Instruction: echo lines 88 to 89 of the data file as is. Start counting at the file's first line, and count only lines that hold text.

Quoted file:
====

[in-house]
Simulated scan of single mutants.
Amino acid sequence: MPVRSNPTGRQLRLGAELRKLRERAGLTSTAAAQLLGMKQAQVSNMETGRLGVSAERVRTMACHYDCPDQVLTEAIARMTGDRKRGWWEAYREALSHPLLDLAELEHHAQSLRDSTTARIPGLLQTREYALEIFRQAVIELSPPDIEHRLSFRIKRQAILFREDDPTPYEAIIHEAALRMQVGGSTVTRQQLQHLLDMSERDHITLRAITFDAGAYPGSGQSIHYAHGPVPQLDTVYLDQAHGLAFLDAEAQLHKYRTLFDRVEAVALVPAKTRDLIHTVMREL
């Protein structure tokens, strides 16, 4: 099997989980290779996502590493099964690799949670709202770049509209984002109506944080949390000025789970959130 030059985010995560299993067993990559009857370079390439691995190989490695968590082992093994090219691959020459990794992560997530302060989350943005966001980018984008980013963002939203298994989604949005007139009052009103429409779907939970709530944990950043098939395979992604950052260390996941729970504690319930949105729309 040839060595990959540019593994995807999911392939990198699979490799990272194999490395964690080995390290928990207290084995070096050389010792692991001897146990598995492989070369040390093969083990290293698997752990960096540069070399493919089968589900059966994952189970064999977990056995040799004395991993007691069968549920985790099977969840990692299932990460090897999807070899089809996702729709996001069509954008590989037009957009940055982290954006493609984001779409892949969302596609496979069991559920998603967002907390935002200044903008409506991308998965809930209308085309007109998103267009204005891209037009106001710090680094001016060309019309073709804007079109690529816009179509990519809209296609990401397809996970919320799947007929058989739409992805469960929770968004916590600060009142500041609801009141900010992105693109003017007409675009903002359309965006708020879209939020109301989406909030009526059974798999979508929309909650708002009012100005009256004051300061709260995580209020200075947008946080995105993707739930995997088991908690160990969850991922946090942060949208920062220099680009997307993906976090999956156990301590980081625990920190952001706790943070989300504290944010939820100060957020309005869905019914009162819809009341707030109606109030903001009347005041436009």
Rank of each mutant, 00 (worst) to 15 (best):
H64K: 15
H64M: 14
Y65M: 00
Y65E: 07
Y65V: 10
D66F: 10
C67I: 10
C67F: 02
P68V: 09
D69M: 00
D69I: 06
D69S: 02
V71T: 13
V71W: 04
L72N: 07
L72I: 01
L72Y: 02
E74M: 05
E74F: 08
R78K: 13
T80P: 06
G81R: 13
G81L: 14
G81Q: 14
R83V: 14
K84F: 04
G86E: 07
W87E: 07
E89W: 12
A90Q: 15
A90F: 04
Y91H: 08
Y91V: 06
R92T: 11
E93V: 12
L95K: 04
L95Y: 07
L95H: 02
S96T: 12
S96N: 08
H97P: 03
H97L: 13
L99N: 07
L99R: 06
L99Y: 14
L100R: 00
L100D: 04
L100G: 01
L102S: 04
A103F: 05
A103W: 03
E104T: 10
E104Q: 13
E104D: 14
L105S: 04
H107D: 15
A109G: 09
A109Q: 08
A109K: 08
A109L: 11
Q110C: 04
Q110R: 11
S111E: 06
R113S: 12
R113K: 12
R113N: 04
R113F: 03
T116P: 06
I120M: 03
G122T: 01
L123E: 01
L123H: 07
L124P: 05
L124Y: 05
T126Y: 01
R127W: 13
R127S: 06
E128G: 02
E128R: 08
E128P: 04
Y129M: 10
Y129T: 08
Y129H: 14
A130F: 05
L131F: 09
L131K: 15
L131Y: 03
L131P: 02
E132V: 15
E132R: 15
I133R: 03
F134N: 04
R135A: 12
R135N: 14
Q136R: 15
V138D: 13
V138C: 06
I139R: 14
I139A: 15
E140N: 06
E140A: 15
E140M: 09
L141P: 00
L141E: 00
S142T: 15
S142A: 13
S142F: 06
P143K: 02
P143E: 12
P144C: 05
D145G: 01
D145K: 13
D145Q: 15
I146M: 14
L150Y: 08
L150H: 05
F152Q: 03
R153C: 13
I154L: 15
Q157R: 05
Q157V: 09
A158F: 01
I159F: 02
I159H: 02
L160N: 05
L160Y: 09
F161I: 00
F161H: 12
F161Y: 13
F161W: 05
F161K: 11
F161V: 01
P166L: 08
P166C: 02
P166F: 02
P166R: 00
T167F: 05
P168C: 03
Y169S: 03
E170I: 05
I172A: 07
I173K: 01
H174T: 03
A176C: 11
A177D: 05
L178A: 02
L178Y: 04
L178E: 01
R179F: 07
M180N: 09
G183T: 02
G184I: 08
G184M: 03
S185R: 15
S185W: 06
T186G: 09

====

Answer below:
Y129H: 14
A130F: 05